“What if we made voting an agent of equality, not inequality? And how can we get there?
If you are a college student or a working recent high school graduate, poor, Latino, or someone who moves more frequently, you are less likely to vote. Seniors are much more likely to vote than young people, in some elections at twice their rate. Those with college degrees vote in higher numbers than the less educated. Minority voters are more likely to wait longer in line to vote in person, sometimes for hours, and they, young people, and first-time voters are more likely to have an absentee ballot rejected for nonconformity with technical rules. Poor voters are less likely to have the time off work to vote at all, much less wait in a long line to vote. Voters in big cities, who tend to be younger, poorer and browner, have coped with more serious election problems than others in voting in person and by mail during our coronavirus-laden primary season, like the voters in Milwaukee voters who saw 175 out of 180 polling places closed during the April 7 Wisconsin primaries.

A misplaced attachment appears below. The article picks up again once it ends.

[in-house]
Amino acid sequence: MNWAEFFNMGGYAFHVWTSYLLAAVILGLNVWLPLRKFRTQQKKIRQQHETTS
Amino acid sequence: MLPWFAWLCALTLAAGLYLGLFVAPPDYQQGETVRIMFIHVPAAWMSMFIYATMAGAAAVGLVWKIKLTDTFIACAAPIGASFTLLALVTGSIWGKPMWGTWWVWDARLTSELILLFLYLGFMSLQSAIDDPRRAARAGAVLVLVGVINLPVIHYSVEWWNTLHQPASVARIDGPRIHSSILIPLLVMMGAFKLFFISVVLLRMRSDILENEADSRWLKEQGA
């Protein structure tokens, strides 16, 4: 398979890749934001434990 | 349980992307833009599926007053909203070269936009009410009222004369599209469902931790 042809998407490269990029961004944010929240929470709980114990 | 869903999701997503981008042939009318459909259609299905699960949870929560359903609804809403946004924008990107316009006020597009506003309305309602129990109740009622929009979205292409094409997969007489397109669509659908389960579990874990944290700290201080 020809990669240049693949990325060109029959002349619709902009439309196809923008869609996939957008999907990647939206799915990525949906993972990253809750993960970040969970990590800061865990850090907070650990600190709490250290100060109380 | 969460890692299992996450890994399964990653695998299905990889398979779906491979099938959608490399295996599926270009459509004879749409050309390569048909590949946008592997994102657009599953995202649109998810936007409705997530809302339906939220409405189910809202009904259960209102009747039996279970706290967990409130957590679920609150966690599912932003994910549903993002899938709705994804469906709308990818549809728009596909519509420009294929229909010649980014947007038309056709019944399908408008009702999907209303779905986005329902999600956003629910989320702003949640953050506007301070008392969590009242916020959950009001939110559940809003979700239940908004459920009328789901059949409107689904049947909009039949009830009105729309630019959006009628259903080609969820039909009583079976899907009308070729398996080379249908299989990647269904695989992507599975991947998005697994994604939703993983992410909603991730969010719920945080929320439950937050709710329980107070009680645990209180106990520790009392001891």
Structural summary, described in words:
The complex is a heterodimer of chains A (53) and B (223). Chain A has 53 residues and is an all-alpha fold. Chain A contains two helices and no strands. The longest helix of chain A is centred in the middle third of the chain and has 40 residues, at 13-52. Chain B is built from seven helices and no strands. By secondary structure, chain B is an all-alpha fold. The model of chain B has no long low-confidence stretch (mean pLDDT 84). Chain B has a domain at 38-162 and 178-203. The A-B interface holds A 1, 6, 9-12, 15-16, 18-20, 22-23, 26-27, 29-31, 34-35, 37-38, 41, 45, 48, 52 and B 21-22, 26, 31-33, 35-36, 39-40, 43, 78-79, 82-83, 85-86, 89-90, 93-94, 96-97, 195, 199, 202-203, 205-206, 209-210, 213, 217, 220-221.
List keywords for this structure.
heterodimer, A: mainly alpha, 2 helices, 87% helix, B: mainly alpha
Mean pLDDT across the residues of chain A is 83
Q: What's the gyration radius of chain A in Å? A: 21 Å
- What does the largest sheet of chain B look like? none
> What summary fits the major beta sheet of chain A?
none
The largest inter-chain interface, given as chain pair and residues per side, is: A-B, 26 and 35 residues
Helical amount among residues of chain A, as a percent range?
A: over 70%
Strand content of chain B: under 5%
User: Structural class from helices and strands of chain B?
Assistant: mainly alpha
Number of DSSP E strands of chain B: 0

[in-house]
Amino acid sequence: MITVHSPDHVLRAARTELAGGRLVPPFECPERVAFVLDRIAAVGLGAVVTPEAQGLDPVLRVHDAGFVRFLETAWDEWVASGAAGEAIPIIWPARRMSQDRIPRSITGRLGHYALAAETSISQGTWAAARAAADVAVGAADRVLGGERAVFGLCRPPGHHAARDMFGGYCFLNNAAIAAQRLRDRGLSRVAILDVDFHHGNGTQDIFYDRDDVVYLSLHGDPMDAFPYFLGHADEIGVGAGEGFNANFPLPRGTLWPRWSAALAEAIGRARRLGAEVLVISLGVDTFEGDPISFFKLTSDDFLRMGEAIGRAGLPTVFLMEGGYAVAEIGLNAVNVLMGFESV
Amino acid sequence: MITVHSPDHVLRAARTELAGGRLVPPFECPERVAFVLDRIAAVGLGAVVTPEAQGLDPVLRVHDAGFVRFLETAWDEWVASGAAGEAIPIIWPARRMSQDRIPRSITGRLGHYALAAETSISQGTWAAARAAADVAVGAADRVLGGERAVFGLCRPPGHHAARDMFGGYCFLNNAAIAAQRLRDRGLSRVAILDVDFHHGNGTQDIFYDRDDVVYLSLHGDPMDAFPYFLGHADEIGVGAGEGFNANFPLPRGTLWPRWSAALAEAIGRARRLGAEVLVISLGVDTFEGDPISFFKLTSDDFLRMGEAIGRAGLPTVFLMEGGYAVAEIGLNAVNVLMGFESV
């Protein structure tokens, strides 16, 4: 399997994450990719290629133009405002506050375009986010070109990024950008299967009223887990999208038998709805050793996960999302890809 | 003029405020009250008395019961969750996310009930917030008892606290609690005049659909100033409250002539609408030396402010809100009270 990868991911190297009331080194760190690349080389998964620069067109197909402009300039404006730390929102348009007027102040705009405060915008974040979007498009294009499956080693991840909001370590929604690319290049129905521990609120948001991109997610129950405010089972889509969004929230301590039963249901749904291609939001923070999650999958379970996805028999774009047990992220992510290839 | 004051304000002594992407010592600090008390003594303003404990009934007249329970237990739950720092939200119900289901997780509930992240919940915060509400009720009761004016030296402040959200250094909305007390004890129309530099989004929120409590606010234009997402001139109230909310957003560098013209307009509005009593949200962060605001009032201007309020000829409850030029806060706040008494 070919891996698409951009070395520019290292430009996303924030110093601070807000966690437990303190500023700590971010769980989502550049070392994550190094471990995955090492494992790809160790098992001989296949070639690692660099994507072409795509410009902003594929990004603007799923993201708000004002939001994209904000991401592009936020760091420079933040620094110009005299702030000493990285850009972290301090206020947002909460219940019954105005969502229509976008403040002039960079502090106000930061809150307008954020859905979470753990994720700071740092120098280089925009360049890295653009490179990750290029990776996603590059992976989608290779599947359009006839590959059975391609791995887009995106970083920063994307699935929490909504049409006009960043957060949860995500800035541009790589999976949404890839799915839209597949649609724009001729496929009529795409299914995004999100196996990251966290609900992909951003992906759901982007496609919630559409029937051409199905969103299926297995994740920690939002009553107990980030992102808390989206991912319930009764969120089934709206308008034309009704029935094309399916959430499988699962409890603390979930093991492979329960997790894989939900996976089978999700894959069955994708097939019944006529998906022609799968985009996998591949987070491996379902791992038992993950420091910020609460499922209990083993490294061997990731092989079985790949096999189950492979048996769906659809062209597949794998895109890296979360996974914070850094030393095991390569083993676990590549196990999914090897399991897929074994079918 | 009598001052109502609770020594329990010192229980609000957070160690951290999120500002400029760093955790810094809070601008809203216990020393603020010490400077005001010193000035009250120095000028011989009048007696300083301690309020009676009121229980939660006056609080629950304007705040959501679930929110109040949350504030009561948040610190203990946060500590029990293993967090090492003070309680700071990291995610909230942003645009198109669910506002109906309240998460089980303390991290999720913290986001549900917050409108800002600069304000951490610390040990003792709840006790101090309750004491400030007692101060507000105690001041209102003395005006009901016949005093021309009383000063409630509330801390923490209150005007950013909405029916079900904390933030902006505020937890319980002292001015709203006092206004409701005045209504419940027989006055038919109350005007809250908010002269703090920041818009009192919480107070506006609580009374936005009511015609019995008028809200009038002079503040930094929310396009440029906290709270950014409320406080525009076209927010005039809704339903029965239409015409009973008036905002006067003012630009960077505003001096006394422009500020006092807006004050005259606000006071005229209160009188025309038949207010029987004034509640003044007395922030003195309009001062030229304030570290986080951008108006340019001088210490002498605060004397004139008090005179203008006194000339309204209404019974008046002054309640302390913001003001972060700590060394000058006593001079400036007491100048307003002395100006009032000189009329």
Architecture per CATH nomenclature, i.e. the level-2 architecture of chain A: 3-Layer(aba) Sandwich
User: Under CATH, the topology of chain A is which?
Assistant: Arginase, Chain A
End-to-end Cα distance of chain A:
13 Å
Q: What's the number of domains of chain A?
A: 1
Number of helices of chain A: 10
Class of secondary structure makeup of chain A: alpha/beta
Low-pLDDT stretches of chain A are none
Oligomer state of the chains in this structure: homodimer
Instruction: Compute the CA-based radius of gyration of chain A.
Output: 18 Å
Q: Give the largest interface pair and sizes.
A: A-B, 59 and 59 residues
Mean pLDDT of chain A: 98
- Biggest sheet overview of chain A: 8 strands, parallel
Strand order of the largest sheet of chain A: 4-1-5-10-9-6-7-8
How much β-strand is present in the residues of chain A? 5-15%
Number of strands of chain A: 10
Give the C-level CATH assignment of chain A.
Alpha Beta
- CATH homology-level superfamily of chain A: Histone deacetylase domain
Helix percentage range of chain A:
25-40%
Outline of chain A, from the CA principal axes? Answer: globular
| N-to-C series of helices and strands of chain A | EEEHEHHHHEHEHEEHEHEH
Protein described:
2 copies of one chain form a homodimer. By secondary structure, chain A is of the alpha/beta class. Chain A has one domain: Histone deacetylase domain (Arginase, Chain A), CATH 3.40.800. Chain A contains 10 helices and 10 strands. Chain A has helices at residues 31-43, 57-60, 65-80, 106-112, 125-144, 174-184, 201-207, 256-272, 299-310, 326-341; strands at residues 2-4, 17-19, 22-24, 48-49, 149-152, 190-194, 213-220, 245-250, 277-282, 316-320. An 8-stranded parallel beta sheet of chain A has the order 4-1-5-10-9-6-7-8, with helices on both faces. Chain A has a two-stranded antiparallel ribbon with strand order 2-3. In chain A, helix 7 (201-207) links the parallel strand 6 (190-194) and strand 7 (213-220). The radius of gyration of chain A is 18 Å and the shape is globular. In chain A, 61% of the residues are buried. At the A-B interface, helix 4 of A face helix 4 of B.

In a democratic system, we expect our elected officials to be responsive to the views and interests of the voters. If the universe of voters — and, of course, campaign donors — is skewed toward older, wealthier, better educated whiter voters, political decisions will be as well. We need equality in voting rights and turnout to assure responsive representation and social policy that reflects everyone’s needs, not just those most likely to turn out with their votes and dollars.
Let’s start with the causes of the problem. The Covid-19 pandemic has laid bare three pathologies with how we protect voting rights in the United States, and why the skew in voter turnout remains persistent.”